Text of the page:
Listening to the experts: is there a place for food taxation in the fight against obesity in early childhood?
MetadataShow full item record
Background Childhood obesity is a global public health problem as a result of poor eating and activity behaviours. Periodically, taxation has been proposed as a strategy to modify food purchasing behaviour, and once again, there is growing interest in the feasibility of this approach towards obesity prevention. This article examines the outcomes of an expert panel that was convened to obtain consensus on 1) which foods are most problematic in terms of obesity if consumed during early childhood and 2) which foods would be amenable to taxation as a strategy to reduce consumption. A nominal group technique was facilitated with a panel of 12 Australian experts including nutrition professionals, academics and clinicians with an interest in childhood obesity. In addition to routine ranking analysis, transcripts were explored using thematic analysis to reveal the collective beliefs of the experts. Results The panel reached consensus about the types of foods that were problematic in terms of their consumption and contribution to early childhood obesity which included prepared foods consumed outside the home, high protein infant formula products and sugar-sweetened beverages. However of these food and beverage items, the panel only deemed sugar-sweetened beverages and infant formula to be potentially amenable to taxation. They also highlighted the importance of subsidizing fresh fruit and vegetables, whole and unprocessed foods and hence topic complexities resulted in panel discussion being extended beyond the central notion of taxation. Conclusions The panel identified several food groups that contributed to early childhood obesity but noted that these foods were not equally amenable to taxation. Results of this research should be considered during decision making and planning regarding population policy and regulation to reduce childhood obesity in the very early years.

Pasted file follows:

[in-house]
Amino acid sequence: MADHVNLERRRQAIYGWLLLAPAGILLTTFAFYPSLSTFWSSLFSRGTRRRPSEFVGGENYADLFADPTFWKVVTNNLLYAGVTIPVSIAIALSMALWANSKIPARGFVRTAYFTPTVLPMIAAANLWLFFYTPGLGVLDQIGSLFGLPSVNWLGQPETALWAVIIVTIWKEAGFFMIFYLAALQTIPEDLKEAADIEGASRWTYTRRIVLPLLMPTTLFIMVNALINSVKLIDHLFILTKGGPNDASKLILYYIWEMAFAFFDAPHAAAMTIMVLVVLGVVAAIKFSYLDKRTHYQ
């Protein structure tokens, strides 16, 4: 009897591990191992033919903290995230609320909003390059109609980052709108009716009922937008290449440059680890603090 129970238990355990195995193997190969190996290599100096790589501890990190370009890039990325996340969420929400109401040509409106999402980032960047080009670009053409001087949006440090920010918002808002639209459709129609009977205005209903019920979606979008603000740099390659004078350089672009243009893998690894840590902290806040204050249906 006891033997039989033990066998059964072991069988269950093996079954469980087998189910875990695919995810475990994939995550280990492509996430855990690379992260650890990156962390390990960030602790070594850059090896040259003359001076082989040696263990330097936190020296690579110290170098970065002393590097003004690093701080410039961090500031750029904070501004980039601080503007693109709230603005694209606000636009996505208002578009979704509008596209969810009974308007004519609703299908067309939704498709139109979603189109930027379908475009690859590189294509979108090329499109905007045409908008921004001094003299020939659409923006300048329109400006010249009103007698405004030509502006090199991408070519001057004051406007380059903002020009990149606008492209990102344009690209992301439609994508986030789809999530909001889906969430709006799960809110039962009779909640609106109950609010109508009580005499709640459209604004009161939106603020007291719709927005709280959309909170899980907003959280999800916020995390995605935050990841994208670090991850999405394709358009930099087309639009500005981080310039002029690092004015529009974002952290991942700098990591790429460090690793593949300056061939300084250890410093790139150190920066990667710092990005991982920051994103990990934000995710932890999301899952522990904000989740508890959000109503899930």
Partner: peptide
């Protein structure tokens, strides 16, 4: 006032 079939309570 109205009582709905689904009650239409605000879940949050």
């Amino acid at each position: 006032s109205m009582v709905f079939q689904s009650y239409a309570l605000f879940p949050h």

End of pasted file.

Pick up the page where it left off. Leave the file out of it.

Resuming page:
© 2014 Pitt et al.; licensee BioMed Central Ltd. This is an Open Access article distributed under the terms of the Creative Commons Attribution License (http://creativecommons.org/licenses/by/4.0), which permits unrestricted use, distribution, and reproduction in any medium, provided the original work is properly credited. The Creative Commons Public Domain Dedication waiver (http://creativecommons.org/publicdomain/zero/1.0/) applies to the data made available in this article, unless otherwise stated.
Page numbers are not for citation purposes. Instead, this article has the unique article number of 15.
Public Health and Health Services not elsewhere classified